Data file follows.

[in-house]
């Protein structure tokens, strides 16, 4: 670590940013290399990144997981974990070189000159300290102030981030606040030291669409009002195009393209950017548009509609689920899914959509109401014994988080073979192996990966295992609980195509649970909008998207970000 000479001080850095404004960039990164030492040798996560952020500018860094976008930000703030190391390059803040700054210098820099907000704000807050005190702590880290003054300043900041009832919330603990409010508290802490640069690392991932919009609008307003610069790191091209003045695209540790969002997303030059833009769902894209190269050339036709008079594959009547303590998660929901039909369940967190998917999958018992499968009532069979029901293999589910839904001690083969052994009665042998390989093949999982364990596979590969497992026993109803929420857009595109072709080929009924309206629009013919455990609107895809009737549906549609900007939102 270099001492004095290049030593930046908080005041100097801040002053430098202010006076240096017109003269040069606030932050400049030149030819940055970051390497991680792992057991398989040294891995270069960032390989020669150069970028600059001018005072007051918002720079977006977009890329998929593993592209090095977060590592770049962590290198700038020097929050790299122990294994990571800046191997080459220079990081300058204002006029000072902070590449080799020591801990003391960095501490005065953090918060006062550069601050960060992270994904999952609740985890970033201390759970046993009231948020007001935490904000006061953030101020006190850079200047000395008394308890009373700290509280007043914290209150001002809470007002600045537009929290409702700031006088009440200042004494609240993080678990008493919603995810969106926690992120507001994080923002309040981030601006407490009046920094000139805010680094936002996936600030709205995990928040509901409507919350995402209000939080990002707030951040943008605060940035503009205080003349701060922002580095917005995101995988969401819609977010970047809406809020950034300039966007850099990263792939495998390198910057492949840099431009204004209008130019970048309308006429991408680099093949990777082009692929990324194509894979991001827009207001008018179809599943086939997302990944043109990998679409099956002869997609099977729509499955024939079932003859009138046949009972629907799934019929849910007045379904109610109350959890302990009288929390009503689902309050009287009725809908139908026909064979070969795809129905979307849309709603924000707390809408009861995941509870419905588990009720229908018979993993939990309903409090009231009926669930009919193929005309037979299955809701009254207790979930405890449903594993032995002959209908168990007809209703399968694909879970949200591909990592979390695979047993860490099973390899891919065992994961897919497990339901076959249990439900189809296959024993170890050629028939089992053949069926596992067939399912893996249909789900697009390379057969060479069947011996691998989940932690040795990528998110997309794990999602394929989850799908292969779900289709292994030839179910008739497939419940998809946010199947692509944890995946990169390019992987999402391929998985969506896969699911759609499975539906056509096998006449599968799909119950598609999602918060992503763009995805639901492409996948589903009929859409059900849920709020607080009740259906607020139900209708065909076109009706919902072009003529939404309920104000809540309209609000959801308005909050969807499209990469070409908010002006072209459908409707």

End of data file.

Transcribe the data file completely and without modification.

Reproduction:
[in-house]
């Protein structure tokens, strides 16, 4: 670590940013290399990144997981974990070189000159300290102030981030606040030291669409009002195009393209950017548009509609689920899914959509109401014994988080073979192996990966295992609980195509649970909008998207970000 000479001080850095404004960039990164030492040798996560952020500018860094976008930000703030190391390059803040700054210098820099907000704000807050005190702590880290003054300043900041009832919330603990409010508290802490640069690392991932919009609008307003610069790191091209003045695209540790969002997303030059833009769902894209190269050339036709008079594959009547303590998660929901039909369940967190998917999958018992499968009532069979029901293999589910839904001690083969052994009665042998390989093949999982364990596979590969497992026993109803929420857009595109072709080929009924309206629009013919455990609107895809009737549906549609900007939102 270099001492004095290049030593930046908080005041100097801040002053430098202010006076240096017109003269040069606030932050400049030149030819940055970051390497991680792992057991398989040294891995270069960032390989020669150069970028600059001018005072007051918002720079977006977009890329998929593993592209090095977060590592770049962590290198700038020097929050790299122990294994990571800046191997080459220079990081300058204002006029000072902070590449080799020591801990003391960095501490005065953090918060006062550069601050960060992270994904999952609740985890970033201390759970046993009231948020007001935490904000006061953030101020006190850079200047000395008394308890009373700290509280007043914290209150001002809470007002600045537009929290409702700031006088009440200042004494609240993080678990008493919603995810969106926690992120507001994080923002309040981030601006407490009046920094000139805010680094936002996936600030709205995990928040509901409507919350995402209000939080990002707030951040943008605060940035503009205080003349701060922002580095917005995101995988969401819609977010970047809406809020950034300039966007850099990263792939495998390198910057492949840099431009204004209008130019970048309308006429991408680099093949990777082009692929990324194509894979991001827009207001008018179809599943086939997302990944043109990998679409099956002869997609099977729509499955024939079932003859009138046949009972629907799934019929849910007045379904109610109350959890302990009288929390009503689902309050009287009725809908139908026909064979070969795809129905979307849309709603924000707390809408009861995941509870419905588990009720229908018979993993939990309903409090009231009926669930009919193929005309037979299955809701009254207790979930405890449903594993032995002959209908168990007809209703399968694909879970949200591909990592979390695979047993860490099973390899891919065992994961897919497990339901076959249990439900189809296959024993170890050629028939089992053949069926596992067939399912893996249909789900697009390379057969060479069947011996691998989940932690040795990528998110997309794990999602394929989850799908292969779900289709292994030839179910008739497939419940998809946010199947692509944890995946990169390019992987999402391929998985969506896969699911759609499975539906056509096998006449599968799909119950598609999602918060992503763009995805639901492409996948589903009929859409059900849920709020607080009740259906607020139900209708065909076109009706919902072009003529939404309920104000809540309209609000959801308005909050969807499209990469070409908010002006072209459908409707």